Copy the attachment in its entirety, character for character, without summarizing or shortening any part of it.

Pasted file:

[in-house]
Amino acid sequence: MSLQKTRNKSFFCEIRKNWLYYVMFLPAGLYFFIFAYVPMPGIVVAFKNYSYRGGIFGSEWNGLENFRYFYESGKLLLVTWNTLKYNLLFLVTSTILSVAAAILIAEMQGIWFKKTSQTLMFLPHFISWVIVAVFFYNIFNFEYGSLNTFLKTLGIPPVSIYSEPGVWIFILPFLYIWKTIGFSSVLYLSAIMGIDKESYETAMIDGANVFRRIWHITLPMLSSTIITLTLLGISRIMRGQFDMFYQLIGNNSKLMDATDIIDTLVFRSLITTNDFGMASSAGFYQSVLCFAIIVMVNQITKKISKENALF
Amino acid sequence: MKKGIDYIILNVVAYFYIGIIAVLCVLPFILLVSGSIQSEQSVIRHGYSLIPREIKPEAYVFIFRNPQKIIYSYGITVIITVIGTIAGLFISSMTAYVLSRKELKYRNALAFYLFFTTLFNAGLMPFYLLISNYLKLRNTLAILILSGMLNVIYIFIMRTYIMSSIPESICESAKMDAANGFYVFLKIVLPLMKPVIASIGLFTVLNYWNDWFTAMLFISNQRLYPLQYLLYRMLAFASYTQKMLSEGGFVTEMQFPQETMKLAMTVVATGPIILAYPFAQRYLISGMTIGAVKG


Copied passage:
[in-house]
Amino acid sequence: MSLQKTRNKSFFCEIRKNWLYYVMFLPAGLYFFIFAYVPMPGIVVAFKNYSYRGGIFGSEWNGLENFRYFYESGKLLLVTWNTLKYNLLFLVTSTILSVAAAILIAEMQGIWFKKTSQTLMFLPHFISWVIVAVFFYNIFNFEYGSLNTFLKTLGIPPVSIYSEPGVWIFILPFLYIWKTIGFSSVLYLSAIMGIDKESYETAMIDGANVFRRIWHITLPMLSSTIITLTLLGISRIMRGQFDMFYQLIGNNSKLMDATDIIDTLVFRSLITTNDFGMASSAGFYQSVLCFAIIVMVNQITKKISKENALF
Amino acid sequence: MKKGIDYIILNVVAYFYIGIIAVLCVLPFILLVSGSIQSEQSVIRHGYSLIPREIKPEAYVFIFRNPQKIIYSYGITVIITVIGTIAGLFISSMTAYVLSRKELKYRNALAFYLFFTTLFNAGLMPFYLLISNYLKLRNTLAILILSGMLNVIYIFIMRTYIMSSIPESICESAKMDAANGFYVFLKIVLPLMKPVIASIGLFTVLNYWNDWFTAMLFISNQRLYPLQYLLYRMLAFASYTQKMLSEGGFVTEMQFPQETMKLAMTVVATGPIILAYPFAQRYLISGMTIGAVKG